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We propose a novel method to measure flavor oscillations and charge-parity (

The noncoincidence of mass and flavor eigenstates of neutral flavored mesons results in flavor oscillations, which are meson–antimeson transitions that follow an oscillating pattern as a function of time. Flavor oscillations are sensitive probes for non-standard-model physics because virtual massive particles can contribute to the amplitude, possibly enhancing the average oscillation rate or the difference between rates of mesons and those of their respective antimesons. Indeed, the study of flavor oscillations has long been established as a powerful instrument to uncover, or constrain, possible dynamics not described by the standard model.

Oscillations are typically characterized by the dimensionless mixing parameters

The most direct experimental access to the charm-mixing parameters is offered by the analysis of self-conjugate multibody decays, such as

With the large samples of

We propose a novel approach for measuring parameters of oscillation and

In Sec.

Mass eigenstates of neutral-charm mesons are expressed as

We parametrize the

We indicate with

We divide the Dalitz plane into two sets of

As oscillations develop as a function of time, the relative variations of intensities between pairs of bins change depending on the mixing parameters and relevant charm-decay hadronic parameters. The expressions for the event yields integrated over each Dalitz-plot bin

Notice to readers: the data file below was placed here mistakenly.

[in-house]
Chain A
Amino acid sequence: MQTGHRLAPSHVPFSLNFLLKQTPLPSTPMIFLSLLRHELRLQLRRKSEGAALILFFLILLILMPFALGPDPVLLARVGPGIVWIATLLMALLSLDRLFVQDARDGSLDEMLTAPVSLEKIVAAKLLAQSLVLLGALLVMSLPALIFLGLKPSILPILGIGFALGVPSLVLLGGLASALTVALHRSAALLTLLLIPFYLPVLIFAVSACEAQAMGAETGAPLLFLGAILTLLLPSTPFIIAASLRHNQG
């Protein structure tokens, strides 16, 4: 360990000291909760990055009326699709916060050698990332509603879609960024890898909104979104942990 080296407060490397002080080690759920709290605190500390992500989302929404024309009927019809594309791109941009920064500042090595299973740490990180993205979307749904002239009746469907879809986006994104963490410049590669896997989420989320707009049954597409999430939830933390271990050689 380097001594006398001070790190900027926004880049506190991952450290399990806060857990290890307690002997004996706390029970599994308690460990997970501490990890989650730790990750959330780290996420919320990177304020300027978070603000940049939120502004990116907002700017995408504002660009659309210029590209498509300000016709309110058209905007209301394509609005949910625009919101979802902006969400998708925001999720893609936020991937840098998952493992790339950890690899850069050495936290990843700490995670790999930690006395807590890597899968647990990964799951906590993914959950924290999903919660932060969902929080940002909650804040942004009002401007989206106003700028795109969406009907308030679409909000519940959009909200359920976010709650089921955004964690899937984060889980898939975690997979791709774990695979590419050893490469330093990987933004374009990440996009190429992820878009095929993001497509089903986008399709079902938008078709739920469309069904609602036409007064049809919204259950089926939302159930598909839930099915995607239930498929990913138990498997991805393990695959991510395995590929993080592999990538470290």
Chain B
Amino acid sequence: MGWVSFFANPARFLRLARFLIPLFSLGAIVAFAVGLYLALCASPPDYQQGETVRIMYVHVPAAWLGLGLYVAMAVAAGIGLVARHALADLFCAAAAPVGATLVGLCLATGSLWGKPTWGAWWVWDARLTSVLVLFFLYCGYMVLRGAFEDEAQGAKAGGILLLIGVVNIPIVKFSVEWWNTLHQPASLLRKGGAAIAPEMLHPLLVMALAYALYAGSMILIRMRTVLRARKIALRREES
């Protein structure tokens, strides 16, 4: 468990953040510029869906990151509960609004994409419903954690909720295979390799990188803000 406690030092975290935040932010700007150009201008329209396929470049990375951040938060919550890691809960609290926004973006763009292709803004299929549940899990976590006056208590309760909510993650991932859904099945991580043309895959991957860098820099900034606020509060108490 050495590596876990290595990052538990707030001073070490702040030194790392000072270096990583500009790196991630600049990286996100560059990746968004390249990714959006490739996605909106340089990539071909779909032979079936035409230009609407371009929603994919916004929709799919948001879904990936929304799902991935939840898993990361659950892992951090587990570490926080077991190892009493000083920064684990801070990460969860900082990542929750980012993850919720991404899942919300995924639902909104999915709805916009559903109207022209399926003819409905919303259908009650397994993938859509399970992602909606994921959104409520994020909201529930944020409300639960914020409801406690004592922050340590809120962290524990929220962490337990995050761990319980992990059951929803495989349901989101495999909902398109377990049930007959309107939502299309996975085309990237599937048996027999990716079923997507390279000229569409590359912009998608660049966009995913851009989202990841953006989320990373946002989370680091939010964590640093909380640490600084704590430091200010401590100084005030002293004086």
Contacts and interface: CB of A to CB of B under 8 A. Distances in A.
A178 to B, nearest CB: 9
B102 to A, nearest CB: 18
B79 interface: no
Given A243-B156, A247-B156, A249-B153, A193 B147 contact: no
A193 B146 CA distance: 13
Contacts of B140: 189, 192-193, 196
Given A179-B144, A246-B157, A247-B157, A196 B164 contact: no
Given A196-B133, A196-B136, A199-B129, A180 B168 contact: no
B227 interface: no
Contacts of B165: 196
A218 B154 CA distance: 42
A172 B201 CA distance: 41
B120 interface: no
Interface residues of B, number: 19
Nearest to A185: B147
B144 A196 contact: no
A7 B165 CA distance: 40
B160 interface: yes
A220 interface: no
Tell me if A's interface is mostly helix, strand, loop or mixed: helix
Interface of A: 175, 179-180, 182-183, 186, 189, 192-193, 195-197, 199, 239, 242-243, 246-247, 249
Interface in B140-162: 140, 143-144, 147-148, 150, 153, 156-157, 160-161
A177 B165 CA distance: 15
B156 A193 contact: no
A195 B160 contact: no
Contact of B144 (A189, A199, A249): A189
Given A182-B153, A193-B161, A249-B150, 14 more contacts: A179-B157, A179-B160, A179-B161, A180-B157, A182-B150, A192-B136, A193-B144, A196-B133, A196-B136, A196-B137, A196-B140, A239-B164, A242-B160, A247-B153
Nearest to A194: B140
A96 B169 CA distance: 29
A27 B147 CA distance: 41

If the probability

For small mixing parameters (

If the probability

In the limit of

The bin-flip approach consists of performing a joint fit of the

In practice, to avoid instabilities of the fit due to

Various Dalitz-plot binning schemes were developed by the CLEO collaboration for measuring the coefficients

The

Iso-

Values of

Correlation coefficients (in %) between the

The bin-flip method is validated using simulated experiments. In Sec.

The sensitivity of the bin-flip method to oscillation and

No mixing (NM), corresponding to

World-average mixing with

Dalitz-plot distribution for

For each scenario we generate an ensemble of

Figure

Distributions of (top) fit residuals and (bottom) pulls on (left)

Values of

Equation

Bin-flip ratio in each Dalitz-plot bin as a function of decay time, in the limit of

In addition, we use the simulated samples to compare the performance of the bin-flip method to those of existing approaches. The customary model-dependent analysis implies a joint maximum likelihood fit to the unbinned decay-time and Dalitz-plot distributions, based on the same amplitude model used in generation. The established model-independent analysis implies a joint maximum likelihood fit to the unbinned decay-time distributions of decays in the 16 Dalitz-plot bins. While evaluating the performance of both standard methods, we keep all parameters fixed except

Expected statistical uncertainties from

Figure

Summary of results from simulated experiments of

We study the dependence of our findings on bin multiplicity by repeating the study with various choices for the number of decay-time bins and of pairs of Dalitz-plot bins. In all tests we consider equipopulated decay-time bins and

Uncertainties on the mixing and

The sensitivity studies of Sec.

Table

Expected statistical sensitivities from

To assess the impact of the limited precision of external constraints on future larger samples of

Expected statistical uncertainties as functions of signal yields from fits to simulated